● COVID-19 ward reporting and COVID ICU ward reportable to SPCBs in the area as well as to the respective CBWTFs.
● Biomedical waste dedicated sanitation workers to collect and transfer COVID-19 waste in a timely way into a temporary waste disposal area.
● Generally produced solid waste from quarantine centres to be transferred by Urban Local Body (ULBs) to waste collector.
● Dispose of COVID-19 waste on receipt by the Common Facility for Biomedical Waste Treatment (CBWTF). In accordance with the 2016 Bio-medical Waste Management Rules, CBWTF may use any of those methods allowed. This includes incineration, plasma pyrolysis, autoclaving, micro-giving, chemical disinfection, etc.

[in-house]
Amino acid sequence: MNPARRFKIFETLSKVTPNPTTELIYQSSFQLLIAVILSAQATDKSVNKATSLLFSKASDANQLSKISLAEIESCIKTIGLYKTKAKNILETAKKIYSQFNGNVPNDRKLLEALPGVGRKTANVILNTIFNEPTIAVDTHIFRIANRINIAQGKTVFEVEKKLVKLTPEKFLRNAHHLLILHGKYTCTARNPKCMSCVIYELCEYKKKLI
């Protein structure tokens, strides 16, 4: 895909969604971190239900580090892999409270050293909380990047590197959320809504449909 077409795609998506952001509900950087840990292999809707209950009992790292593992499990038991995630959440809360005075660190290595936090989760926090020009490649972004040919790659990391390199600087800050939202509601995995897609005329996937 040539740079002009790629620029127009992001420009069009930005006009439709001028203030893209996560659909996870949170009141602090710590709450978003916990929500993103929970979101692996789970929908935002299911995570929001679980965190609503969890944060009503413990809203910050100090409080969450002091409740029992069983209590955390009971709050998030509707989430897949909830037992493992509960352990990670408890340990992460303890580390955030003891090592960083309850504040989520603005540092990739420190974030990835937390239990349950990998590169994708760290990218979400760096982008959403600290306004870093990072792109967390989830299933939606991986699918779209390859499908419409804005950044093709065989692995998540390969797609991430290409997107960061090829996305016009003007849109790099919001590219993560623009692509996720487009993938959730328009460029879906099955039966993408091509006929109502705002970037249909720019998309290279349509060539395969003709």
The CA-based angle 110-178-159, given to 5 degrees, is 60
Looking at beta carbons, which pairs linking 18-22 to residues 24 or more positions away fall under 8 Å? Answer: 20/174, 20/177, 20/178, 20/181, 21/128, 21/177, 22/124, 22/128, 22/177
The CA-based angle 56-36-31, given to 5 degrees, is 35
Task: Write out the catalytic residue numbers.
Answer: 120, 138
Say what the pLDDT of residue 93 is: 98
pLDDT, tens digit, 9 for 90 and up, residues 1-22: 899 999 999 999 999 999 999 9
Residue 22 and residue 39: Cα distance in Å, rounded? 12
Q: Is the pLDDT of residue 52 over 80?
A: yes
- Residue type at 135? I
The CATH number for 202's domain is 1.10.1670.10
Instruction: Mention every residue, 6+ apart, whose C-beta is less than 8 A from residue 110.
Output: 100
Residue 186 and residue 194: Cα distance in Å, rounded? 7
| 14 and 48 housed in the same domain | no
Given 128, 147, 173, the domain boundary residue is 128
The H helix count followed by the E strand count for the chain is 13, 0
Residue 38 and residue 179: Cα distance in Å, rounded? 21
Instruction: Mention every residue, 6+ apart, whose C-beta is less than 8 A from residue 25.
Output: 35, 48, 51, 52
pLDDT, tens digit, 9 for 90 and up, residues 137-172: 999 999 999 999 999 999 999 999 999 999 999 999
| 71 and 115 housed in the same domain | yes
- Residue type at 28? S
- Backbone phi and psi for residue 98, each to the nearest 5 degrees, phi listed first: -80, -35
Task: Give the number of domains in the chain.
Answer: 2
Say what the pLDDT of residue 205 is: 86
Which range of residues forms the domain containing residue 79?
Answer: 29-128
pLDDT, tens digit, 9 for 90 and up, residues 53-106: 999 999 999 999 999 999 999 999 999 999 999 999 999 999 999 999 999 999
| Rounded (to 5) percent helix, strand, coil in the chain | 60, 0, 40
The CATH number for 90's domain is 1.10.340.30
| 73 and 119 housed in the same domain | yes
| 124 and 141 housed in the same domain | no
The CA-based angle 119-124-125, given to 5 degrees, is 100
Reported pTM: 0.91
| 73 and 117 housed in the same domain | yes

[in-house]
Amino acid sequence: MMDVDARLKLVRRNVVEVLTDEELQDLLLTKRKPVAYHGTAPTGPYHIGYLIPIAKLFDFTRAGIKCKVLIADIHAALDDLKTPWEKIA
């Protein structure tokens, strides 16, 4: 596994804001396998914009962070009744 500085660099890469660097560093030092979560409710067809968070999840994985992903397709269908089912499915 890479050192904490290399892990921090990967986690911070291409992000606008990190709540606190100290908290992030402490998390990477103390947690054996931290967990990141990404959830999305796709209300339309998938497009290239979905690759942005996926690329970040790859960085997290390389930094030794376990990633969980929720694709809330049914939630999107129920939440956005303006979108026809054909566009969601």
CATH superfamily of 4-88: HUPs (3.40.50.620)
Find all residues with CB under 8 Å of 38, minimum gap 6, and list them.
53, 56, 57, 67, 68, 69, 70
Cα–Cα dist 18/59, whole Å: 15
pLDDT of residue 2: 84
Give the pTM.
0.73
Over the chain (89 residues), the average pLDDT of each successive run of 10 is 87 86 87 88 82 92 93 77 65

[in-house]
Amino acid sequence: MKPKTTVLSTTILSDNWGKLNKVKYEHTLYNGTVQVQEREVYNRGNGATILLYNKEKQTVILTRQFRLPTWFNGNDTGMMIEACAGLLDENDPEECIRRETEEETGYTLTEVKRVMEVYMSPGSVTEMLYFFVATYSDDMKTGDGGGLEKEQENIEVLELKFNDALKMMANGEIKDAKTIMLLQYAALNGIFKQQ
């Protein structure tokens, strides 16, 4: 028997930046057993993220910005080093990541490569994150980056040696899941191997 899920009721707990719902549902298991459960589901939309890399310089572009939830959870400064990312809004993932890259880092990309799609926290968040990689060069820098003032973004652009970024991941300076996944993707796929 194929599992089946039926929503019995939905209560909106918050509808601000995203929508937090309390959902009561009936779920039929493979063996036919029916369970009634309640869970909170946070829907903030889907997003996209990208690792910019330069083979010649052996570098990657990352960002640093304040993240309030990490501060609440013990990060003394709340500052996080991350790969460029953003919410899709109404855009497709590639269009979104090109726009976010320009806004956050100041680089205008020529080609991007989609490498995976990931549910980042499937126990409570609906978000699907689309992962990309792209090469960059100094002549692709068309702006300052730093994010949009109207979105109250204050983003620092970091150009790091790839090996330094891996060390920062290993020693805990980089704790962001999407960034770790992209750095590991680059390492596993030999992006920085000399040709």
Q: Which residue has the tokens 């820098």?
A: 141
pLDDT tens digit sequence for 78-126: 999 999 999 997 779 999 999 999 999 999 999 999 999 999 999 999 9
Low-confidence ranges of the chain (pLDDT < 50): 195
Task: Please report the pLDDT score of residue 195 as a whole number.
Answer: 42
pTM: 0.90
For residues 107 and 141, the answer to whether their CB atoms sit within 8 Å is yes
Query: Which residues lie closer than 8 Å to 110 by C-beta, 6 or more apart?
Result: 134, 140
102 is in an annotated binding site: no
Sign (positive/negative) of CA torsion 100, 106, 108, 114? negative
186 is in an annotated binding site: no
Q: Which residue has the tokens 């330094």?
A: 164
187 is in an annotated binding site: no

NEW CHALLENGES IN WASTE MANAGEMENT
During an outbreak, many other types of medical and dangerous waste, including infected masks, handgrips and other protective devices and a higher volume of non-infected items of the same nature, are generated. Recent airborne transmission reports have led to recommendations that masks be used in public areas. Effective waste management can minimise unforeseen health or environmental consequences. Appropriate identification, collection, separation, storage, transport, treatment and disposal and important related aspects, including disinfection, protection of personnel and formation, are required for effective management in biomedical and health-care waste.